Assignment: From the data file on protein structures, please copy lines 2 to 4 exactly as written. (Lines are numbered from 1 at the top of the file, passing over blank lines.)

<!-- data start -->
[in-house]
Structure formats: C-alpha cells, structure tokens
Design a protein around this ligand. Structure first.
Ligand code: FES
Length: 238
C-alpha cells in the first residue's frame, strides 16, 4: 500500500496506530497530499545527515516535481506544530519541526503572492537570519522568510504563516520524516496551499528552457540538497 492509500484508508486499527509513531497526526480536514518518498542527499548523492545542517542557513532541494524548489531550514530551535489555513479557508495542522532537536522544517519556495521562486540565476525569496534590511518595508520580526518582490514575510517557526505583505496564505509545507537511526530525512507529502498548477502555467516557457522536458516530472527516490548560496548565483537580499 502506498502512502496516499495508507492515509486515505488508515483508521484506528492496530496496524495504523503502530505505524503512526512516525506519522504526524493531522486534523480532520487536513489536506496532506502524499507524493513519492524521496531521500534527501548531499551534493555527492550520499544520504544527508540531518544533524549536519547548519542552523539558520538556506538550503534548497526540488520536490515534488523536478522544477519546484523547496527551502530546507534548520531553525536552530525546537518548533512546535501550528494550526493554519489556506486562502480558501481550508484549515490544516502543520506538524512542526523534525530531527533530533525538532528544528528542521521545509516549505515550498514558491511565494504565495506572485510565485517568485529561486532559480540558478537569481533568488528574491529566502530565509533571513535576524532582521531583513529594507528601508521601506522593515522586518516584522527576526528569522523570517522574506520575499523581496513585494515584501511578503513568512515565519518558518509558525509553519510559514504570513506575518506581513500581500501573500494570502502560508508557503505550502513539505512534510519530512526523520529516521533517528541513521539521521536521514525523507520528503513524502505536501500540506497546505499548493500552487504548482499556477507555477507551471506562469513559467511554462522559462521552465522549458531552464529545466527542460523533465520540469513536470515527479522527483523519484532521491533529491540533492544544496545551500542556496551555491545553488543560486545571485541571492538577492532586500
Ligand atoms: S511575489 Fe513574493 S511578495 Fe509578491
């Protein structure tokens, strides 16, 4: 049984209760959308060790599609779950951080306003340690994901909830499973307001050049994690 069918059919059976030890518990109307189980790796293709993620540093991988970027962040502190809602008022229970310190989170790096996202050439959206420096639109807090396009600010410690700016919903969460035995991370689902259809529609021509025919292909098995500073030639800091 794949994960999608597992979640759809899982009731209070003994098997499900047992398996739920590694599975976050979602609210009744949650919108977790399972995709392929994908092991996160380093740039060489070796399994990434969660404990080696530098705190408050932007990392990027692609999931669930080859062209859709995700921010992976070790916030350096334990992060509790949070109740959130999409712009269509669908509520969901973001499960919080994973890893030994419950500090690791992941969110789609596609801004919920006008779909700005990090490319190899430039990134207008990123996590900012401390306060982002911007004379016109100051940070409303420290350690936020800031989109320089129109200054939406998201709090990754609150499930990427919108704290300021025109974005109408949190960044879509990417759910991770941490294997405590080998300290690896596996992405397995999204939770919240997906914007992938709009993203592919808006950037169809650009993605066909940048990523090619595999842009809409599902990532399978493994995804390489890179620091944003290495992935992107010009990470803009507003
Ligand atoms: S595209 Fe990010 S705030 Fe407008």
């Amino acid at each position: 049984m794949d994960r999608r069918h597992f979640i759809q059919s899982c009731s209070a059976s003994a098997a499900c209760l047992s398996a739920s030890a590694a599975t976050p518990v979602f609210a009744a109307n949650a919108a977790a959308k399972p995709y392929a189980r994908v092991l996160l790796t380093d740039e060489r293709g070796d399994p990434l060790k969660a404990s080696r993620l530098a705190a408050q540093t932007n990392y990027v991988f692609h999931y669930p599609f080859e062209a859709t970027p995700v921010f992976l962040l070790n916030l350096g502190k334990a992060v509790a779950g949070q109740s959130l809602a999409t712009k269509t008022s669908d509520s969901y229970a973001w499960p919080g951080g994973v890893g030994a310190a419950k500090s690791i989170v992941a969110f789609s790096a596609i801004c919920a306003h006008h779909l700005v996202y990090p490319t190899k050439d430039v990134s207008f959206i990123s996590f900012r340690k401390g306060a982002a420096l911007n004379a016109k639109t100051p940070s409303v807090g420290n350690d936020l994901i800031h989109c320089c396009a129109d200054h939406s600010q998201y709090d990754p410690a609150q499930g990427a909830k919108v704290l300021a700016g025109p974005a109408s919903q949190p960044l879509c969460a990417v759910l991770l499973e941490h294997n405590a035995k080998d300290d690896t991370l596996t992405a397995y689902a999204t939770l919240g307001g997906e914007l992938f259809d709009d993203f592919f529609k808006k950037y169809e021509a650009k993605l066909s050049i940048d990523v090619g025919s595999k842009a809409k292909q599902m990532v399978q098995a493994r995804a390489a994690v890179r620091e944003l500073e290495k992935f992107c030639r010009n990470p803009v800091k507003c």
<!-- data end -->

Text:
Structure formats: C-alpha cells, structure tokens
Design a protein around this ligand. Structure first.
Ligand code: FES